Historian Gavin Johnson of the University of Warwick suggested in a 2018 article for the Journal of Chinese Literature that “in a time before MeToo, [Zhao] made a joke intended to shame, putting Li in his “place”.

“But maybe we should thank Zhao: if not for her very public bashing, Li might never have pushed herself to compose so many this as she did later,” Johnson wrote.

The Yuan Dynasty Butcher Who Infiltrated an Army

Usually, the legal records of Khanbaliq (today’s Beijing) in the Yuan dynasty are, as expected, dry and dusty. They would probably have been forgotten by popular history had it not been for a moment of tersely worded comedy, circa 1308, during the reign of Emperor Wuzong, the great-great-grandson of Kublah Khan. . Among sinologists it is politely referred to as the “T15-H” case, after the file under which it was found by Cambridge University archivists in 1932:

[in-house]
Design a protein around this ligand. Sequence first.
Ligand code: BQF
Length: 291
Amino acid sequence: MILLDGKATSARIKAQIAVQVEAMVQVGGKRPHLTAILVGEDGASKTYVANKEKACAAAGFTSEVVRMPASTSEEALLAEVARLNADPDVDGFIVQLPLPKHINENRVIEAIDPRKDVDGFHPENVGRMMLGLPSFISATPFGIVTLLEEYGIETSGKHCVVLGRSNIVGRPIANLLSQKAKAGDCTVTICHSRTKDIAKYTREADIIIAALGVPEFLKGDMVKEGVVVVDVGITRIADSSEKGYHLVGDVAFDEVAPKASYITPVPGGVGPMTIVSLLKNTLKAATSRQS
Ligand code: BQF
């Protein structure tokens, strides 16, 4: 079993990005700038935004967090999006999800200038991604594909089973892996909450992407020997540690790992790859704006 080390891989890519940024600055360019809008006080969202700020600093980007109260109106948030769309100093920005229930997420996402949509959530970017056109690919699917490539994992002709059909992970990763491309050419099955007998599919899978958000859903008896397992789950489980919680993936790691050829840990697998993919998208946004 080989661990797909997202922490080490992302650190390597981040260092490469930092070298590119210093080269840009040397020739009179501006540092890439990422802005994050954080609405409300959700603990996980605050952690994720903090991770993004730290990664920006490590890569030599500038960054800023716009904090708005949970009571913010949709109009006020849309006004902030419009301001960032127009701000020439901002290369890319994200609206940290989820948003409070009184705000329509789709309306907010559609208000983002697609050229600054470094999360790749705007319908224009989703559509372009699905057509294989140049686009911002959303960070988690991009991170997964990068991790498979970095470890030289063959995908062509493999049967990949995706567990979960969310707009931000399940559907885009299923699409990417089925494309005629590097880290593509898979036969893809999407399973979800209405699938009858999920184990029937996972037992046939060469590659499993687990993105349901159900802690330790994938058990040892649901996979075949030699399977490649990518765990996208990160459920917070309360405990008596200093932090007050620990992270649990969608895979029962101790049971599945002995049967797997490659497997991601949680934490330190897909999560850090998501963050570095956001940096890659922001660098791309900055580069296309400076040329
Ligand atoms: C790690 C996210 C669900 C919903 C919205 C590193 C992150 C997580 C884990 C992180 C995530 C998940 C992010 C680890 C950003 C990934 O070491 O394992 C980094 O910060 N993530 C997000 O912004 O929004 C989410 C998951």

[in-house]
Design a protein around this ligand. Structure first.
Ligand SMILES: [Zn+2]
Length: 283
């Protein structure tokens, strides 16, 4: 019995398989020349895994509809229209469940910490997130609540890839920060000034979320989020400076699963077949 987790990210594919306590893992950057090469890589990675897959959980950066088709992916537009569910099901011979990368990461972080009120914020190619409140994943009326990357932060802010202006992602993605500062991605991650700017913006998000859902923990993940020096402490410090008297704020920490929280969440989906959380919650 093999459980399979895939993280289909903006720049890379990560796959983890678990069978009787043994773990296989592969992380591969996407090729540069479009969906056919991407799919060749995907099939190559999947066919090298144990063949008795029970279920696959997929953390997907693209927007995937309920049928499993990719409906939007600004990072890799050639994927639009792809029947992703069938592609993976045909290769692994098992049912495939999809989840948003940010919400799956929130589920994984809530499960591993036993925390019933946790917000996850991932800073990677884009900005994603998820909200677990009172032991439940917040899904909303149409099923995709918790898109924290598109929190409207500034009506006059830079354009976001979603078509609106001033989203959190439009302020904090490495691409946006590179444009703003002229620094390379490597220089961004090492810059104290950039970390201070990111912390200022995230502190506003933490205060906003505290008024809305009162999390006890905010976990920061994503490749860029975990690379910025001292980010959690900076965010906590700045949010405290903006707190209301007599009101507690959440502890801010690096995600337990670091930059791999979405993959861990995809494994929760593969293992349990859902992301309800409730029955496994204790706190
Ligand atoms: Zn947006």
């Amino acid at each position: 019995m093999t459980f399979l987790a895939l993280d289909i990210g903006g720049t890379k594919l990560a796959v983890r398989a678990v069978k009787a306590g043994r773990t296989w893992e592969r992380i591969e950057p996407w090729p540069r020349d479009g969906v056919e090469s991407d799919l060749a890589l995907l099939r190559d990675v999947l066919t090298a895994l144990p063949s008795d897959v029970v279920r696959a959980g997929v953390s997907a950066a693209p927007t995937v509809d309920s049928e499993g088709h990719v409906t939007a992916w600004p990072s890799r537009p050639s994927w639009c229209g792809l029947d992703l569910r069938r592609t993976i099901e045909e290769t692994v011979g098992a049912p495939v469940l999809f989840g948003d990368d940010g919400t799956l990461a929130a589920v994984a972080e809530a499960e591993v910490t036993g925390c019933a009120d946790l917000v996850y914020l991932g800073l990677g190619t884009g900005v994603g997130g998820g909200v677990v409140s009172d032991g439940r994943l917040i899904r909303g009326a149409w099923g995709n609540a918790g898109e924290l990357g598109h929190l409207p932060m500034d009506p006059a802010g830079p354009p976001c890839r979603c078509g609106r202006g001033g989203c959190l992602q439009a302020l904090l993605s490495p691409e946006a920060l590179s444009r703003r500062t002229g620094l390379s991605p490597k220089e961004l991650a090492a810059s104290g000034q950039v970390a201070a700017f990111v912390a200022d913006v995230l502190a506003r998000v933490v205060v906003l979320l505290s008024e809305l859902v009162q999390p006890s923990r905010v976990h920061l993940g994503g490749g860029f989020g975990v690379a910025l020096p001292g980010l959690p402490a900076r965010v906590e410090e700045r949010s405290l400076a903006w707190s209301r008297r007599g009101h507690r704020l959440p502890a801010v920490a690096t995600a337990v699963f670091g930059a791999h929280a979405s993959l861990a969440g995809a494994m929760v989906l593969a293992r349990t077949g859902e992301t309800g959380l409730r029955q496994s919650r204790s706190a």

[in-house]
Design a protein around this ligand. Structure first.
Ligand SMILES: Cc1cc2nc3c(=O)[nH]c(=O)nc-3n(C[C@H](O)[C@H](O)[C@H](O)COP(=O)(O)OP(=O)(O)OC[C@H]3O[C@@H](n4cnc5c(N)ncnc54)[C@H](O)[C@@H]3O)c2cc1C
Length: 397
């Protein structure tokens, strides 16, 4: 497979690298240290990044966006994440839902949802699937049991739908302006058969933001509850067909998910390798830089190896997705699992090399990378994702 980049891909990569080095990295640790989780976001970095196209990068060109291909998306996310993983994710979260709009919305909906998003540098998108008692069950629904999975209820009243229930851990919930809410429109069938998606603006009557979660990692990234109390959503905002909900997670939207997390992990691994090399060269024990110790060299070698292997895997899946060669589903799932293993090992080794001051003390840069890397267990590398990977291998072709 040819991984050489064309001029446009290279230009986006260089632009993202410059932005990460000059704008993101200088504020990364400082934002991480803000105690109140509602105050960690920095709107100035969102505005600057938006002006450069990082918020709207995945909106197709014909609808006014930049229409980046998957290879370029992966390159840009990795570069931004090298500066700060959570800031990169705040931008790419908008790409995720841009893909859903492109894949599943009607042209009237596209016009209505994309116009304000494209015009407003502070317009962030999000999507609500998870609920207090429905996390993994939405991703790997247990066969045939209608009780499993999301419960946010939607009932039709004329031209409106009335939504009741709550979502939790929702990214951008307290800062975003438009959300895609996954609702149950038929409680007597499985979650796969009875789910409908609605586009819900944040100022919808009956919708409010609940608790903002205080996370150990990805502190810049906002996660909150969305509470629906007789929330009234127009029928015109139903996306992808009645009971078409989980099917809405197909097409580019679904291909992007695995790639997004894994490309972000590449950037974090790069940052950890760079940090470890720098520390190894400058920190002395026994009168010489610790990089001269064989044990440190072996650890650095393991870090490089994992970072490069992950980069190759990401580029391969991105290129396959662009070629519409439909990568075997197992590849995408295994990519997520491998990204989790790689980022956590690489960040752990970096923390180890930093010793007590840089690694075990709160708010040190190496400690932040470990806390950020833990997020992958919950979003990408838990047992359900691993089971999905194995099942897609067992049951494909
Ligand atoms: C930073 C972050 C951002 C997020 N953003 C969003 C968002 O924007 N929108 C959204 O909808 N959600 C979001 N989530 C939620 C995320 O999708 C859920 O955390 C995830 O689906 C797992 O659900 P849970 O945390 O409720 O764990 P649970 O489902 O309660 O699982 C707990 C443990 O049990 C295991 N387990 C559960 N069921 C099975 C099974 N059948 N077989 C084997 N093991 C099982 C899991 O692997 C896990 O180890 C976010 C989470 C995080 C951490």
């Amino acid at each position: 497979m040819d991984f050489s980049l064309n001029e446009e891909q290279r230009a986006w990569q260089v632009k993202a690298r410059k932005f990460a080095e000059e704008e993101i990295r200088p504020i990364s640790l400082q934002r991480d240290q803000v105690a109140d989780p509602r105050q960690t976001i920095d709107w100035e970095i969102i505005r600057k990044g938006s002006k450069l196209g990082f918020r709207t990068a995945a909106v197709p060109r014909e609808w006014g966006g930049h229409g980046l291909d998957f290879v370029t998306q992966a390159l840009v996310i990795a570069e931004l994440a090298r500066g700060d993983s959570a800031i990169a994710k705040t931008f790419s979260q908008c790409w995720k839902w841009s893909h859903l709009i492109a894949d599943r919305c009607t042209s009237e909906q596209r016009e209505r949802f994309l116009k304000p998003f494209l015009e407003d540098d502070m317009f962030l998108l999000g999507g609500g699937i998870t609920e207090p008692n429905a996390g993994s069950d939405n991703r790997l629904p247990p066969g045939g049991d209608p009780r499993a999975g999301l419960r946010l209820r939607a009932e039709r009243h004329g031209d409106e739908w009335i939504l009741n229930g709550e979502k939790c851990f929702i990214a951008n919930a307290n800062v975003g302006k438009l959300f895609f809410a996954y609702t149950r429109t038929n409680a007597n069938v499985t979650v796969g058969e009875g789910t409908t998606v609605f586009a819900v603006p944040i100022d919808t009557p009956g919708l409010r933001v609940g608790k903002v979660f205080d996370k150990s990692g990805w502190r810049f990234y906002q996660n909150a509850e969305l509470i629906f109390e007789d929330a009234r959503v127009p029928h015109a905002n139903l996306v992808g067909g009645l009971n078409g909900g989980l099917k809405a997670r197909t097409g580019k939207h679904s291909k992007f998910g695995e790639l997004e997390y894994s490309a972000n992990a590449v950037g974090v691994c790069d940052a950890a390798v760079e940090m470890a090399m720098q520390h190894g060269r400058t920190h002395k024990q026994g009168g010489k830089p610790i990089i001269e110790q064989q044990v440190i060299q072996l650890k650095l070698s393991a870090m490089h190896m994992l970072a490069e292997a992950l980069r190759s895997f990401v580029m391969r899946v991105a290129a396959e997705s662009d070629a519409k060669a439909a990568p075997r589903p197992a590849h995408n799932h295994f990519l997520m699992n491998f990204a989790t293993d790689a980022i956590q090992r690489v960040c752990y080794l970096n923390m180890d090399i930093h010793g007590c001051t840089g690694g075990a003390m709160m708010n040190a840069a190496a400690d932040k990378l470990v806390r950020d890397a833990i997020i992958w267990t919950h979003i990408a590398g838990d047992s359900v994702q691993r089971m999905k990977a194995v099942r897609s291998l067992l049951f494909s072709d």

“Yu Lingjun, butcher, sentenced to death for infiltrating the army of prostitutes, disguised as a servant. Defendant’s defense that he liked to dress as a woman and broke into the wrong building – invalid. »

In the Travels of Marco Polo, the early 14th-century Venetian explorer had described with wonder the army of prostitutes – led by a “captain”, with deputies in charge of “every hundred thousand” – among whom one member a night would be assigned to heat the beds of foreign dignitaries visiting the imperial court. “It may be possible,” wrote Joseph Needham in The Great Migration, “that the petty merchants of the great city looked enviously upon the army, generally hand-picked throughout the empire for their beauty. The T15-H case proves that at least one had the courage to break in, but perhaps not the learning to explain themselves.